Not even the potent combination of the Avengers, Buzz Lightyear, and Luke Skywalker could push the 2019 box office to new heights. When the year wraps up, domestic ticket sales will be down more than 4% at $11.4 billion and admissions should dip by roughly the same percent. Looking ahead, most movie industry observers believe that 2020 will suffer a similar decline. Still, that haul will rank as the second- or third-biggest in history after final numbers are tallied.
But the slide in revenues is still disappointing because it occurred at a time when Walt Disney Studios put nearly all of its major franchises on the field — a show of firepower that enabled the company to pulverize records, racking up more than $11 billion at the global box office. With an arsenal that includes Lucasfilm, Marvel, Pixar, and — thanks to its $71 billion acquisition of much of Rupert Murdoch’s media empire — 20th Century Fox, Disney was able to control roughly 40% of the domestic marketplace.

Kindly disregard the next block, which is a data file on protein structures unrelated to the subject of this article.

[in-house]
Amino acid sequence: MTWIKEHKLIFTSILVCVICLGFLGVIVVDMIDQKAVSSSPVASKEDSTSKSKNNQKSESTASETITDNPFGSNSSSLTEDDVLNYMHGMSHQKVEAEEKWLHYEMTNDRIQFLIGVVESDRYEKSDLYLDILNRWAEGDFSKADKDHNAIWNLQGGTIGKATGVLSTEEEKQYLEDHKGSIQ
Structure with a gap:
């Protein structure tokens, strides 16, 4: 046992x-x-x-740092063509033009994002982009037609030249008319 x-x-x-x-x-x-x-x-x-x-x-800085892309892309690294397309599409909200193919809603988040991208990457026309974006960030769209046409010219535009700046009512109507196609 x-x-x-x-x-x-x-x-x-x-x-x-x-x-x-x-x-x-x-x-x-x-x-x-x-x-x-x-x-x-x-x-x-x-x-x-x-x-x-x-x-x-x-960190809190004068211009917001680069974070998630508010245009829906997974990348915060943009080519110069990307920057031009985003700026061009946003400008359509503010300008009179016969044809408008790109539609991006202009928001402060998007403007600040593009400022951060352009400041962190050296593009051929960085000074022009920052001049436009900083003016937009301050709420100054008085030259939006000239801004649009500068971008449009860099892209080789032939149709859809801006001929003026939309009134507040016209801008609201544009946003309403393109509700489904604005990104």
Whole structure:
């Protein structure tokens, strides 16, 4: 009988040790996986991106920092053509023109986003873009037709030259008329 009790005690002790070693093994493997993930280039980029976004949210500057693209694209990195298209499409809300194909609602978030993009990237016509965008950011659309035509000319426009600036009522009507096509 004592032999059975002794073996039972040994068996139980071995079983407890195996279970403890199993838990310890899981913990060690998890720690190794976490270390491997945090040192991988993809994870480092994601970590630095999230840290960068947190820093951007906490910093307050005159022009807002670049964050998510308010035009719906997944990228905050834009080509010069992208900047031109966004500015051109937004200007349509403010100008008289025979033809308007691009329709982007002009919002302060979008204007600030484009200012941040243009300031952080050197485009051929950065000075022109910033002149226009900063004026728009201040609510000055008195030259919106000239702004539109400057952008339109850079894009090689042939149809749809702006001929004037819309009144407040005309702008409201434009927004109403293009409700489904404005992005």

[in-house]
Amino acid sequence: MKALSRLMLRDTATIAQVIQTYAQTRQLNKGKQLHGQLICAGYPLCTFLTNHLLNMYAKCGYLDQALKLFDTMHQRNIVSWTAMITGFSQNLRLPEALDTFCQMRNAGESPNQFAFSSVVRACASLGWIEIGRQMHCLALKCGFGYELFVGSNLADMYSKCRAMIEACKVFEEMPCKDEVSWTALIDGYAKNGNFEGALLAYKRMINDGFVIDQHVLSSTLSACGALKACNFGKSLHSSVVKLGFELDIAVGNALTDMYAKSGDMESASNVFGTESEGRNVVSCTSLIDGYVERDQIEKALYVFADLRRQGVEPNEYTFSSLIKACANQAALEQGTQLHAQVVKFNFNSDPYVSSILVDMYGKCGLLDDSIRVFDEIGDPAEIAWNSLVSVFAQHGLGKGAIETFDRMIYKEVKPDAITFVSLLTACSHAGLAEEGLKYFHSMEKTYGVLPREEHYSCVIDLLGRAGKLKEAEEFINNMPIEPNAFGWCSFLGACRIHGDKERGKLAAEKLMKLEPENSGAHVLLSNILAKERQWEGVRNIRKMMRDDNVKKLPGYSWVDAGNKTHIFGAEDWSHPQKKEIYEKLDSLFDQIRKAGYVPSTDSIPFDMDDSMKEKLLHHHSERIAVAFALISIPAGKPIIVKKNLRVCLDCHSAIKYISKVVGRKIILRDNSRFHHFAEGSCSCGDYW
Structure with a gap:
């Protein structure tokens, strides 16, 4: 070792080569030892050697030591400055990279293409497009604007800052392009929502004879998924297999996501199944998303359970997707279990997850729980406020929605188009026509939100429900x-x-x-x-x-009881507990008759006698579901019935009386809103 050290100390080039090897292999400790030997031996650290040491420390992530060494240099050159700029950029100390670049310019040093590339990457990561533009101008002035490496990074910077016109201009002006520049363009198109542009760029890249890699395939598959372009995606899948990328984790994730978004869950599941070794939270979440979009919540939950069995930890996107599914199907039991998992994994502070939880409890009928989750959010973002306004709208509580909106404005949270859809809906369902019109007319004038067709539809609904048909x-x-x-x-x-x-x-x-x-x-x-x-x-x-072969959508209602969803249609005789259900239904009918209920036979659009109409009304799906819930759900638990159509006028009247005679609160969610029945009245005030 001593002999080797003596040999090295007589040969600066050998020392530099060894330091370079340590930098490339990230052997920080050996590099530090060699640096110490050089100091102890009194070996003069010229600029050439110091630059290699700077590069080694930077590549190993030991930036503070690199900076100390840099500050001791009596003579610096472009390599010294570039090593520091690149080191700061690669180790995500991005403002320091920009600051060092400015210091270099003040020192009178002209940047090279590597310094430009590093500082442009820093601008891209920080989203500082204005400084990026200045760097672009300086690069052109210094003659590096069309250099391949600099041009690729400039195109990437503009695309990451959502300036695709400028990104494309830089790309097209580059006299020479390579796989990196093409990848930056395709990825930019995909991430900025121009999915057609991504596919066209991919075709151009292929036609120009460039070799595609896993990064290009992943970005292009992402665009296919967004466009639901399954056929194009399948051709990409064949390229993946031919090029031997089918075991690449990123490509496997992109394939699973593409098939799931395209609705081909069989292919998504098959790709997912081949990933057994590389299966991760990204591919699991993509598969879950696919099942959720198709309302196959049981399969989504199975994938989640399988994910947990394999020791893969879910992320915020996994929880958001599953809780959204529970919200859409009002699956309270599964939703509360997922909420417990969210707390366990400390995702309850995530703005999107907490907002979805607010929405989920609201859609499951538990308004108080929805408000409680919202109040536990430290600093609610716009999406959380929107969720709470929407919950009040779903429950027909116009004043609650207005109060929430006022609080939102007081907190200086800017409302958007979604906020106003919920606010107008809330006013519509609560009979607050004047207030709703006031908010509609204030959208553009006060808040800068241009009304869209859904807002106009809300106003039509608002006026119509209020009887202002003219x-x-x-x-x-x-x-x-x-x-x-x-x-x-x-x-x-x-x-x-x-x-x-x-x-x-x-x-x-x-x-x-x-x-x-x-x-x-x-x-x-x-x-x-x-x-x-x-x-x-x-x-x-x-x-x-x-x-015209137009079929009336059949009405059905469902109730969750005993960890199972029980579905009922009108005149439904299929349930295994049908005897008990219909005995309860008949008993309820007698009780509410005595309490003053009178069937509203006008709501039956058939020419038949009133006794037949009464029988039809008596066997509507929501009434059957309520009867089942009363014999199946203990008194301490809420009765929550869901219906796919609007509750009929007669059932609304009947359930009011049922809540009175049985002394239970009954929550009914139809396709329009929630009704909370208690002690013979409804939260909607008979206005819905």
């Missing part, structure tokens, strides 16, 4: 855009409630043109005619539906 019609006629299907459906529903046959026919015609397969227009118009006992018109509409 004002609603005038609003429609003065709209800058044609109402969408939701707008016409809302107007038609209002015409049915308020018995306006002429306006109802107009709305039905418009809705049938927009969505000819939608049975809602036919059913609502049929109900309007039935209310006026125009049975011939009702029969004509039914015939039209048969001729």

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“It’s certainly a very special year for us,” said Cathleen Taff, Disney’s president of global distribution. “The key for us is all of our studios contributed to it in a major way. That’s the only way you get to a year like this.”